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New National Education Policy 2020: Need of the Day

India is a country with largest number of policies, and most of them are in written format. Education policy in that sense is one of the policy that India has, but in real sense, it is most important policy that any country should have. Implementation of all other policies and programs, in direct or indirect way, depend on direction and success of implementation of education policies. Economic, social, political, cultural and human development depend on the way education policy is designed and implemented. Education policy provides vision and direction to educational development which in turn shape the future of country.

First National Policy on Education was announced in 1968, based on the recommendations of Kothari Commission (1964–1966), which called for radical change in structure of education in India. Policy focused on equal opportunities in education and free and compulsory education for all children up to the age of 14 years. Policy also called for specialized training for teachers. 1968 policy envisaged at greater economic, cultural development for national integration and realizing the idea of a socialistic pattern of society.

New National Policy on Education introduced in 1986 aimed at reducing disparities in education, especially women, Scheduled Caste, Scheduled Tribe, thus focused on greater social integration. To achieve this objective various financial support programs were introduced. The concept of open universities and rural universities were also introduced as part of policy.

National education policy of India was originally framed in the year 1986 which was further revised in 1992 and 2005. Revised policy called for conduct of admission examination at national level of professional and technical courses across country. Entrance examinations like JEE, AIEEE and SLEEE etc. were proposed during the policy change in order to maintain the professional standards.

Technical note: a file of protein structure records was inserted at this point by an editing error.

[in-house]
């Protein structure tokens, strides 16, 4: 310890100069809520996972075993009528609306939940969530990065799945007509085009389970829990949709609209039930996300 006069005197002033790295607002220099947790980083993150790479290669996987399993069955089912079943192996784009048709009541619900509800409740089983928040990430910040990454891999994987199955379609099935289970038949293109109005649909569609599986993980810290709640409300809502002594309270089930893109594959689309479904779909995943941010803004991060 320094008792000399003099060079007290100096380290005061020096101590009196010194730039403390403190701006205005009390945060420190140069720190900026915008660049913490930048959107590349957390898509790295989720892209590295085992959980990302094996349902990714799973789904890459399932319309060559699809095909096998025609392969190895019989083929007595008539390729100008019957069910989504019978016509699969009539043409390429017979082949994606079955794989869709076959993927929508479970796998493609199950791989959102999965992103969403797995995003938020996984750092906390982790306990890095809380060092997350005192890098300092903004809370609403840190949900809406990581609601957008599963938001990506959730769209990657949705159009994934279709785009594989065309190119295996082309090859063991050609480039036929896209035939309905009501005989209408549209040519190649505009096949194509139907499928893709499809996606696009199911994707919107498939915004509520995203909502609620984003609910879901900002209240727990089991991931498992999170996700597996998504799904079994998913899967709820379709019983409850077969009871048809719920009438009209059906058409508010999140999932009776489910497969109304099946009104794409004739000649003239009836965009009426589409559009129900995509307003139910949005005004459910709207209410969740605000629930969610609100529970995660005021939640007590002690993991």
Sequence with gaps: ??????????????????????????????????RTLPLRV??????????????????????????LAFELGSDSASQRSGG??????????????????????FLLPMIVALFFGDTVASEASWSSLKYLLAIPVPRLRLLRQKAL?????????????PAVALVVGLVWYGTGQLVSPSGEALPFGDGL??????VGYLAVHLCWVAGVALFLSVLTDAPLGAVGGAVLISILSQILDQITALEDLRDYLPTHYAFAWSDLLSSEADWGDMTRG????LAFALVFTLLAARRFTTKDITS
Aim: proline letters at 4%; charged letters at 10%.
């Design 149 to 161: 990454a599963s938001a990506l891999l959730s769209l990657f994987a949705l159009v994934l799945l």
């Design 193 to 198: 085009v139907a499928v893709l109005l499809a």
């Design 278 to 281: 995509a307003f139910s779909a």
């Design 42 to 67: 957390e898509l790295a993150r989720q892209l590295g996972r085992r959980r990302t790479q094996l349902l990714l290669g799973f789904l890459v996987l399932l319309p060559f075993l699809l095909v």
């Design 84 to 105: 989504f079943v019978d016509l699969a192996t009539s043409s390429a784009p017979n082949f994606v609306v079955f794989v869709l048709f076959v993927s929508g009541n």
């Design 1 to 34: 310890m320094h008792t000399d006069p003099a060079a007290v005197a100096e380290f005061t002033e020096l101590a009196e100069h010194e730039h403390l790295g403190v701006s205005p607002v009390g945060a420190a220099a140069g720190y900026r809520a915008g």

After more than three decade of announcement of education policy 1986, new National Education Policy 2020 got cabinet approval on July 29, 2020. The question to be addressed is do we really need new education policy? What was wrong with education policy that was in place for more than three decade?

Significant changes have taken place in country and all over the world in the areas of social, economic, and political front. The way society it organized, businesses are managed, consumer behaves, global integration and relationship, production and distribution

activities are carried out, technological changes, etc. are quite different today when compared to what it was before three decade. Skills sets required in 21st century are quite different and education system must respond to this change. Education sector must gear up to respond to changing scenario both at global and local level. In current global scenario three main pillars of success for any country are innovation, quality and research. Earlier education policy was not designed to cater to these emerging needs of the day. New emerging fields like artificial intelligence, data science, machine learning, robotics, nanotechnology, etc. along with soft skills like critical thinking, creativity, leadership, innovation, communication etc. have emerged as basic requirement for both social and corporate life. Education system must respond to the change, this new education policy was inevitable. Current education system which focuses more on marks and grades and limited importance is given to an ability to learn and implement learning. Current system is rigid in terms of stream and subject choices available to students. With limited scope for experiential learning, creativity and innovation, current education system creates manpower that lack employability skills. It is very important for education system of change from teaching to learning. There is a gap in terms of skills required for 21st century and the knowledge and skills provided under current education system. New education policy document has righty pointed out that “The gap between the current state of learning outcomes and what is required must be bridged through undertaking major reforms that bring the highest quality, equity, and integrity into the system, from early childhood care and education through higher education”.

Author:
Dr. Kishor Bhanushali, Director – Academics, Unitedworld School of Business (UWSB)

Disclaimer: The opinions / views expressed in this article are solely of the author in his / her individual capacity. They do not purport to reflect the opinions and/or views of the College and/or University or its members.

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